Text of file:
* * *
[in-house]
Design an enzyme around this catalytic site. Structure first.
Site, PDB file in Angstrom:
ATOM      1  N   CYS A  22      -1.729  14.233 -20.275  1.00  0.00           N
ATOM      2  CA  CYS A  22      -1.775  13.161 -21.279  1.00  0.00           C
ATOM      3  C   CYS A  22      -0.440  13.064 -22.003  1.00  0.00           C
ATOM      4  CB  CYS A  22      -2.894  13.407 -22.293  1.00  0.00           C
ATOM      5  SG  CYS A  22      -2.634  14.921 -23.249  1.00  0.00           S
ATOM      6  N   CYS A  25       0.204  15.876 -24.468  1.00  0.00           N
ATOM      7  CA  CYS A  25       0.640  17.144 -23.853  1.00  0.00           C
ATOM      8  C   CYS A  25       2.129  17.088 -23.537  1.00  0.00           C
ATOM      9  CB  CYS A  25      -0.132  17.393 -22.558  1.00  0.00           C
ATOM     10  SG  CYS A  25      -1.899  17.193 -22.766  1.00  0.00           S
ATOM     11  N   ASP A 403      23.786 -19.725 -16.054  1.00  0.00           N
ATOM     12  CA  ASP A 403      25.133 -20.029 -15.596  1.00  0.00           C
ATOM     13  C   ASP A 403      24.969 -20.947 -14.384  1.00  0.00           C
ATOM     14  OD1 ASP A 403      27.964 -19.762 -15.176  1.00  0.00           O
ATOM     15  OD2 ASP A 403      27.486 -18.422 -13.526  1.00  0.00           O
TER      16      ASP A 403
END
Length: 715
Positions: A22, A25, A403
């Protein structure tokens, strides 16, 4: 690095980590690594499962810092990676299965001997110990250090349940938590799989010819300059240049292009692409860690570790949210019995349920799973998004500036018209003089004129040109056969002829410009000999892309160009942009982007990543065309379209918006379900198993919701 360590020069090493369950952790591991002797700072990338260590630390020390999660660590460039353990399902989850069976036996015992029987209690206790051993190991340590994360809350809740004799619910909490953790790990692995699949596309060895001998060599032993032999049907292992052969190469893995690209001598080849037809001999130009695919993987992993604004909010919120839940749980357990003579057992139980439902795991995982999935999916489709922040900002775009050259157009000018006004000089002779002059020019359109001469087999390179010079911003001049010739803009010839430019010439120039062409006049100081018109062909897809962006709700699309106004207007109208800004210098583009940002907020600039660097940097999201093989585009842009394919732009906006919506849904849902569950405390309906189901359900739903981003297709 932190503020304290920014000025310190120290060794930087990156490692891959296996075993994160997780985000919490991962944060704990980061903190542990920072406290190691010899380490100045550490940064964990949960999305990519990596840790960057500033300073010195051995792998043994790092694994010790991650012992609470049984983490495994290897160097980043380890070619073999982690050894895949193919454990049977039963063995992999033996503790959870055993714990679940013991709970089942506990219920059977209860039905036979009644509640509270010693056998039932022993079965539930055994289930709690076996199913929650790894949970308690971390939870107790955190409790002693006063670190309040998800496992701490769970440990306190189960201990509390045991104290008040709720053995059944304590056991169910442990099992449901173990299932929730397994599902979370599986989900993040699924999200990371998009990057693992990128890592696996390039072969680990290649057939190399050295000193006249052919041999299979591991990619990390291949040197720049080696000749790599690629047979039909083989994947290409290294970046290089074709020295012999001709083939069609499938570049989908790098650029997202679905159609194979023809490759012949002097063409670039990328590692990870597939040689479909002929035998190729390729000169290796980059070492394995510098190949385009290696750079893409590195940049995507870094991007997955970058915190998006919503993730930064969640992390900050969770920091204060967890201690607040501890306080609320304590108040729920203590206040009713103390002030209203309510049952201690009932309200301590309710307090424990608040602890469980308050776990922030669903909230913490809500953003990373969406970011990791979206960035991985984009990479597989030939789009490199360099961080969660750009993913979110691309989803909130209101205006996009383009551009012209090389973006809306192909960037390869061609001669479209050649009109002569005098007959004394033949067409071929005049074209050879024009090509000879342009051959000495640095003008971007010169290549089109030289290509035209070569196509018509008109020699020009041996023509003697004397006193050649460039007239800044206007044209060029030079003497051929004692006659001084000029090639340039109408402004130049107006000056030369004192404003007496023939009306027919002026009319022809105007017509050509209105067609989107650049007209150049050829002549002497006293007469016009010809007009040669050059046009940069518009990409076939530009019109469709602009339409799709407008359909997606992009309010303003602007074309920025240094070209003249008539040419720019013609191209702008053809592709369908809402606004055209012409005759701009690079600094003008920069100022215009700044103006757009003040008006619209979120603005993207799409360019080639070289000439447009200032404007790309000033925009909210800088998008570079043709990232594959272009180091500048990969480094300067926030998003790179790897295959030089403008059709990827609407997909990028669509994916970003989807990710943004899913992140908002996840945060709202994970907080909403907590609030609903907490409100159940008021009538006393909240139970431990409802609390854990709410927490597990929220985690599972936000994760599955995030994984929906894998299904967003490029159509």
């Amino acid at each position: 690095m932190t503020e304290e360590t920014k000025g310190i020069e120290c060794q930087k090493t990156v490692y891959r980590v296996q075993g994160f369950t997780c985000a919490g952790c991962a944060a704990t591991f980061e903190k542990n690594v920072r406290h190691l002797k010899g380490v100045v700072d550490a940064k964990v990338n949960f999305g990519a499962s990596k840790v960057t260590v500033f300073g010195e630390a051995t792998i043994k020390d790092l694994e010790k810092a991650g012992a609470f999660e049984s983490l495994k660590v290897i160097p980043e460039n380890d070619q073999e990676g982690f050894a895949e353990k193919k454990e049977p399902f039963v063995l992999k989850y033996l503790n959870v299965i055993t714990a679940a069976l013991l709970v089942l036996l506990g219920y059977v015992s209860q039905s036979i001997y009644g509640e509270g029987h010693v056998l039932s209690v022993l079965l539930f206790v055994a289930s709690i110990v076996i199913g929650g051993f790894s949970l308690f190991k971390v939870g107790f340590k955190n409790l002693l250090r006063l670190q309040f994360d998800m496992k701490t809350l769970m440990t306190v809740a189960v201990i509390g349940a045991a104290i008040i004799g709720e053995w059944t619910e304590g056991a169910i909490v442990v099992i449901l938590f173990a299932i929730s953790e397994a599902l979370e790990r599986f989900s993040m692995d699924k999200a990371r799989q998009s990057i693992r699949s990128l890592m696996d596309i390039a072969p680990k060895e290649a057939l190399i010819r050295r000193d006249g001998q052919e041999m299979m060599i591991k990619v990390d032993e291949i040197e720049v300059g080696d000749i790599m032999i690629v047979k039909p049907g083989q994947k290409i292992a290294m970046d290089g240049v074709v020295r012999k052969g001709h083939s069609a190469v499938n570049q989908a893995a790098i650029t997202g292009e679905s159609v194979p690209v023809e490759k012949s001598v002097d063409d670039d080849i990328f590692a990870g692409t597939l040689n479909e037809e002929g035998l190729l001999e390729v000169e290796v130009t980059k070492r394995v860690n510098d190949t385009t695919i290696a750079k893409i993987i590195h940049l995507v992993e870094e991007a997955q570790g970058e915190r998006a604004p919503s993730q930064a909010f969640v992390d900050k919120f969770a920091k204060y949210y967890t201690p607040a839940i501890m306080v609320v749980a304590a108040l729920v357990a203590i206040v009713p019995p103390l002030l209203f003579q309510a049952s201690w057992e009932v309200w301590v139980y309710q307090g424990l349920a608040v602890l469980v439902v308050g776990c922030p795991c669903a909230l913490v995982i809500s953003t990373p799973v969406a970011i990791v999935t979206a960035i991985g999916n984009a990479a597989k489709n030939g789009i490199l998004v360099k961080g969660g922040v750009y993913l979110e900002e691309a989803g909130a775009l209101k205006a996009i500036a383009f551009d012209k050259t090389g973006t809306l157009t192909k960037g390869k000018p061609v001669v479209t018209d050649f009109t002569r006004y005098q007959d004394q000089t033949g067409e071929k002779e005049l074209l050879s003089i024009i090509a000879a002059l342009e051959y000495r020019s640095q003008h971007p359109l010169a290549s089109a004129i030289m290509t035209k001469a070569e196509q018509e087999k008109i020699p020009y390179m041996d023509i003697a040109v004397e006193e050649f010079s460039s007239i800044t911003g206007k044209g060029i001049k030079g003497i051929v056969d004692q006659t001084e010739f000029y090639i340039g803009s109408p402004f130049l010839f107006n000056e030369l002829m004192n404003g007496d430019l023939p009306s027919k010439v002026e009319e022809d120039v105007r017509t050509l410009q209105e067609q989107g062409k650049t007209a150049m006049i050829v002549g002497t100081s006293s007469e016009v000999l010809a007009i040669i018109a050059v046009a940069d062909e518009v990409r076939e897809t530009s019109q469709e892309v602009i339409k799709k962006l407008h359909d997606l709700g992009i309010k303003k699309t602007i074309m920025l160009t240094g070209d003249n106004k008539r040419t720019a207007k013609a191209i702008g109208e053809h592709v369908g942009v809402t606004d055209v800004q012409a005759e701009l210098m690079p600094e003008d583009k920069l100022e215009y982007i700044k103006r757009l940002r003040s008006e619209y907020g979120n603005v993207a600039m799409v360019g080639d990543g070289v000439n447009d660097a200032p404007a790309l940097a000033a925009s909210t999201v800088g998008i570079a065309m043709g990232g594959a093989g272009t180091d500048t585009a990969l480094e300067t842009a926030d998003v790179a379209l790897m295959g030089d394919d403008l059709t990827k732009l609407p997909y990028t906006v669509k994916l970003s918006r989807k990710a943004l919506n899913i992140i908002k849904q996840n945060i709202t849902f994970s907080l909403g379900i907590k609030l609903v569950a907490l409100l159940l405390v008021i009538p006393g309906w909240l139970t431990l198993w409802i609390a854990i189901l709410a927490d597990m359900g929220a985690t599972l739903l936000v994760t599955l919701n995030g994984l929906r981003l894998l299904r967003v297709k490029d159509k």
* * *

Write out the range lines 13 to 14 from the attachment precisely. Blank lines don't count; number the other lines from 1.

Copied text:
ATOM     10  SG  CYS A  25      -1.899  17.193 -22.766  1.00  0.00           S
ATOM     11  N   ASP A 403      23.786 -19.725 -16.054  1.00  0.00           N